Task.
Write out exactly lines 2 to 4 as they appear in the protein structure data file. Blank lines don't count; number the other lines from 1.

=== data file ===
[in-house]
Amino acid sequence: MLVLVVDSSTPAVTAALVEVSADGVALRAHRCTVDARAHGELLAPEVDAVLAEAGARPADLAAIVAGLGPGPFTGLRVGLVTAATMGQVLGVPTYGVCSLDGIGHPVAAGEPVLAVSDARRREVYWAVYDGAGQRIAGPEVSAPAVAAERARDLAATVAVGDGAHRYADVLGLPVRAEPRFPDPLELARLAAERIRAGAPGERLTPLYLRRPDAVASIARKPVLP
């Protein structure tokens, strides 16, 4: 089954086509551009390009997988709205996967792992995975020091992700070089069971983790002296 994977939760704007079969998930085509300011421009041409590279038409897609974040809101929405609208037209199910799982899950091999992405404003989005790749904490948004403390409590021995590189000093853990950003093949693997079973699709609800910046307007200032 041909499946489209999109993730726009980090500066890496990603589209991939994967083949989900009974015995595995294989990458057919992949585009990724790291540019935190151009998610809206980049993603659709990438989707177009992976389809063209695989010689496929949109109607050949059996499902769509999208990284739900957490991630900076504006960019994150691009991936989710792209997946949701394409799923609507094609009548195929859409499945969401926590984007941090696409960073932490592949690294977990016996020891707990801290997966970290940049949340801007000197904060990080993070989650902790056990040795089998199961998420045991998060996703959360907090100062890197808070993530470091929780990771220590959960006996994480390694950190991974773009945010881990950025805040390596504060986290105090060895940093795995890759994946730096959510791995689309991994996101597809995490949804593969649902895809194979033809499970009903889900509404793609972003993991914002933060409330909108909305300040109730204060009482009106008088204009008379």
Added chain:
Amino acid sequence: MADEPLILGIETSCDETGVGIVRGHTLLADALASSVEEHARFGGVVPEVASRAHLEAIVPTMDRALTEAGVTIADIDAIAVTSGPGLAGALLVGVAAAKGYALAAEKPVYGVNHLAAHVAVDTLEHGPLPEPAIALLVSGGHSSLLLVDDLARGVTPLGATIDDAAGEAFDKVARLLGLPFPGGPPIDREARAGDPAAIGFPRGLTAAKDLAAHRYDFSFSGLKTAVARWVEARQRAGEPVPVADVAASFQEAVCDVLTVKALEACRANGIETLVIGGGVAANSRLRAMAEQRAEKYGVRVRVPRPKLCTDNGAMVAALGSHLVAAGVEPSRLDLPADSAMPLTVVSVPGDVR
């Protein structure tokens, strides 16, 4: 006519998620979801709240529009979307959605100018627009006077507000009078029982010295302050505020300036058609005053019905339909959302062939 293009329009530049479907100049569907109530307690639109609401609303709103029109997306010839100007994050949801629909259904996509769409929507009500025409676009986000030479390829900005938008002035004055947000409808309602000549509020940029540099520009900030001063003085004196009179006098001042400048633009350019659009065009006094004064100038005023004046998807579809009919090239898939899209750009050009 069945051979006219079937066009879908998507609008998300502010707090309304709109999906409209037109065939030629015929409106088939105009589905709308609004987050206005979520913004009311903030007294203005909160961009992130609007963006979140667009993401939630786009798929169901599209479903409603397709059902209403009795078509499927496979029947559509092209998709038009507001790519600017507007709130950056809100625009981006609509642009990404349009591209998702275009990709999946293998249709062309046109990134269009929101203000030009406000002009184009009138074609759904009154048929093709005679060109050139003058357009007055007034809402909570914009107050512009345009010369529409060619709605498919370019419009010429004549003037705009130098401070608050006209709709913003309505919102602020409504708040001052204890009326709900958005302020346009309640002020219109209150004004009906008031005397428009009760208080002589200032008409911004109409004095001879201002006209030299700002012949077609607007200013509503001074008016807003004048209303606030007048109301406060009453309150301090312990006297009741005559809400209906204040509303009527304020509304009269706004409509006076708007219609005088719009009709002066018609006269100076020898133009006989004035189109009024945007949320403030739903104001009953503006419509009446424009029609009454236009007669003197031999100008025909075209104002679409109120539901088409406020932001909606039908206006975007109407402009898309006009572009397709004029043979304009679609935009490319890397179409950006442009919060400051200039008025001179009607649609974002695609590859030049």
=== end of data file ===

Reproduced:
Amino acid sequence: MLVLVVDSSTPAVTAALVEVSADGVALRAHRCTVDARAHGELLAPEVDAVLAEAGARPADLAAIVAGLGPGPFTGLRVGLVTAATMGQVLGVPTYGVCSLDGIGHPVAAGEPVLAVSDARRREVYWAVYDGAGQRIAGPEVSAPAVAAERARDLAATVAVGDGAHRYADVLGLPVRAEPRFPDPLELARLAAERIRAGAPGERLTPLYLRRPDAVASIARKPVLP
């Protein structure tokens, strides 16, 4: 089954086509551009390009997988709205996967792992995975020091992700070089069971983790002296 994977939760704007079969998930085509300011421009041409590279038409897609974040809101929405609208037209199910799982899950091999992405404003989005790749904490948004403390409590021995590189000093853990950003093949693997079973699709609800910046307007200032 041909499946489209999109993730726009980090500066890496990603589209991939994967083949989900009974015995595995294989990458057919992949585009990724790291540019935190151009998610809206980049993603659709990438989707177009992976389809063209695989010689496929949109109607050949059996499902769509999208990284739900957490991630900076504006960019994150691009991936989710792209997946949701394409799923609507094609009548195929859409499945969401926590984007941090696409960073932490592949690294977990016996020891707990801290997966970290940049949340801007000197904060990080993070989650902790056990040795089998199961998420045991998060996703959360907090100062890197808070993530470091929780990771220590959960006996994480390694950190991974773009945010881990950025805040390596504060986290105090060895940093795995890759994946730096959510791995689309991994996101597809995490949804593969649902895809194979033809499970009903889900509404793609972003993991914002933060409330909108909305300040109730204060009482009106008088204009008379």
Added chain: